Two of the best

94-year-old Bordy Weeku. 118277 Picture: JOE MASTROIANNI


TWO of the West’s oldest and most respected war veterans will be among the thousands of residents who will gather to remember the ultimate sacrifices made by fallen soldiers.
At 103 years old, James Crouch is the oldest WWII veteran living in Werribee.
Born in England, he spent most of his time in the war in Italy where he fired 25-pounder howitzers, the major British field gun at the time.
He was later transferred to Greece and was about to be sent to India when his wife was injured in a car accident.
Mr Crouch moved to Australia in 1977 and joined Werribee RSL. He has taken part in every Anzac Day Dawn Service at the cenotaph every year since.
Just a few kilometres away, another veteran has become known as one of the most revered members of his community.
Bordy Weeku is a Karen refugee who fought for the British army in World War II after the Japanese invaded Burma with the help of the Burma Independence Army.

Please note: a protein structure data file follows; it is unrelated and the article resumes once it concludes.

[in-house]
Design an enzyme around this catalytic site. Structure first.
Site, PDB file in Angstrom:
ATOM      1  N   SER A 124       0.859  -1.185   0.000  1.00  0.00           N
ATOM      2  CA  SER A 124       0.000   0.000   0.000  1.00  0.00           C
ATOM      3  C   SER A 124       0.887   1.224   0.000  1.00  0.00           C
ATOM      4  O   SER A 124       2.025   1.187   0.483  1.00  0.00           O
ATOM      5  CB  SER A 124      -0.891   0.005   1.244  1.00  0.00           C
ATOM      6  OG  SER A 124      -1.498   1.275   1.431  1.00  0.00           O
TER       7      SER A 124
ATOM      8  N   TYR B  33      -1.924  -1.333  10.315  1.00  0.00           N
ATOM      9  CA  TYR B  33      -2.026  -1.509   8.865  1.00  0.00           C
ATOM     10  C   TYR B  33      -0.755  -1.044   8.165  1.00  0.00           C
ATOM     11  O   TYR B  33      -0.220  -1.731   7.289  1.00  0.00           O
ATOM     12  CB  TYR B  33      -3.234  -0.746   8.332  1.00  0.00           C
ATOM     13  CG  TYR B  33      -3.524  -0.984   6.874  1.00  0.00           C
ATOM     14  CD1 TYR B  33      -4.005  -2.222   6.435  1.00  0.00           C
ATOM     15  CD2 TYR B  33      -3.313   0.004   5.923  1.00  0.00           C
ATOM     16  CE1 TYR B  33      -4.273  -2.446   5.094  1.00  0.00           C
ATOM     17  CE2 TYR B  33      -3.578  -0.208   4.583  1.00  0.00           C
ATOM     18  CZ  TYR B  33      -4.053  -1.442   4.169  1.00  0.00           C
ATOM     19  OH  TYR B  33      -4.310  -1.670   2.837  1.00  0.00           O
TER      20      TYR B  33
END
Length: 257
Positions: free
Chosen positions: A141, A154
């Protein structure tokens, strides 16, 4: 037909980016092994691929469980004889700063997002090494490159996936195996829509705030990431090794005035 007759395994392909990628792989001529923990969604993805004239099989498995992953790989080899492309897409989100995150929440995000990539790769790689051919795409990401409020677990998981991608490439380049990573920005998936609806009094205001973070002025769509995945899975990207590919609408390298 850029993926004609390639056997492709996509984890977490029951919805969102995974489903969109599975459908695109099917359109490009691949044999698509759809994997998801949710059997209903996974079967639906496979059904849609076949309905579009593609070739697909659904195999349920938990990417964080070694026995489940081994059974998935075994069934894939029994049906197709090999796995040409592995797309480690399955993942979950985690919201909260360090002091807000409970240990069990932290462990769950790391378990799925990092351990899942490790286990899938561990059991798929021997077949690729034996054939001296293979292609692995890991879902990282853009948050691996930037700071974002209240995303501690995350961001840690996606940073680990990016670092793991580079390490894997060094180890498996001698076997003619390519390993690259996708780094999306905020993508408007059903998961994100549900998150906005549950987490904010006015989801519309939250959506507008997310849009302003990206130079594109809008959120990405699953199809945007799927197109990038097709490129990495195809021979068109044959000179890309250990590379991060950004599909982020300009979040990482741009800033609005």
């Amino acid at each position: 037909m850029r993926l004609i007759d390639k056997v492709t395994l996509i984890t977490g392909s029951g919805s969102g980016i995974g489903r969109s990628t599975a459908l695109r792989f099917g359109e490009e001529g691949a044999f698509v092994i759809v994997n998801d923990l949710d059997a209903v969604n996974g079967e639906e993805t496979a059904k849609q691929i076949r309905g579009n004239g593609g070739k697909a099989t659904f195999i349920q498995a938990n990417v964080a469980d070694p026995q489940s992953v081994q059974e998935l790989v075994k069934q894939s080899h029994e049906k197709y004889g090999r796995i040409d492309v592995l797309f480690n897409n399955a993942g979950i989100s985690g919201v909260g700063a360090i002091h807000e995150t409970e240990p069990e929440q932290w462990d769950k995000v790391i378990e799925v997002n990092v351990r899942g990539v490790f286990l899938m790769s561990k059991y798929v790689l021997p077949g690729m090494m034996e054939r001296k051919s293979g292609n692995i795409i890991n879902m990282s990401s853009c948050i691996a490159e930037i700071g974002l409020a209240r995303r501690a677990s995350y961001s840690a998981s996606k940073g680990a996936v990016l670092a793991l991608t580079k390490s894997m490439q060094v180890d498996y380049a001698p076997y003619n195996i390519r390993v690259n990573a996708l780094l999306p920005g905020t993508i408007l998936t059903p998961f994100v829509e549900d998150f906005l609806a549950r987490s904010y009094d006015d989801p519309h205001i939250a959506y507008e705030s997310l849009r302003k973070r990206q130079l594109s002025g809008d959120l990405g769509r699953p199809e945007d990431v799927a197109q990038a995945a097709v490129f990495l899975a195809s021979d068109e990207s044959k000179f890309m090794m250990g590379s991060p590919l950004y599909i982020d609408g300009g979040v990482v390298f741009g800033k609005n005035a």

He joined the army in 1937 at just 18 years old, before training as a soldier in India.
The 94-year-old spent almost 20 years in a Burmese refugee camp, surrounded by barbed wire and living on basic rations, before moving to Werribee in 2007.
He is now the oldest and most respected member of Wyndham’s Karen community, which is made up of members of the second-largest ethnic group from Burma.
Mr Weeku told Star that he was proud of his efforts during WWII and he was now enjoying his life in Werribee.
Last year around 6000 people attended the Dawn Service in Werribee, the largest crowd Werribee RSL President Daryl Ryan had ever seen in his 40 years with the organisation.
“It’s great to know that so many people recognise the sacrifices that were made by people that went to war,” Mr Ryan said.
“We have freedom of the press and we have freedom of speech thanks to what some of these men and women did during WWI and WWII and thanks to what soldiers are still doing overseas today.”
Mr Ryan has been president of the RSL for a total of 29 years, and after he returned from Vietnam injured, he said it was important for the community to be accepting of all returning soldiers.
“A lot of sub-branches wouldn’t accept Vietnam veterans, but Werribee was different. They accepted me since day one,” he said.
“We’re very proud of the sacrifices that all of our members have made.”

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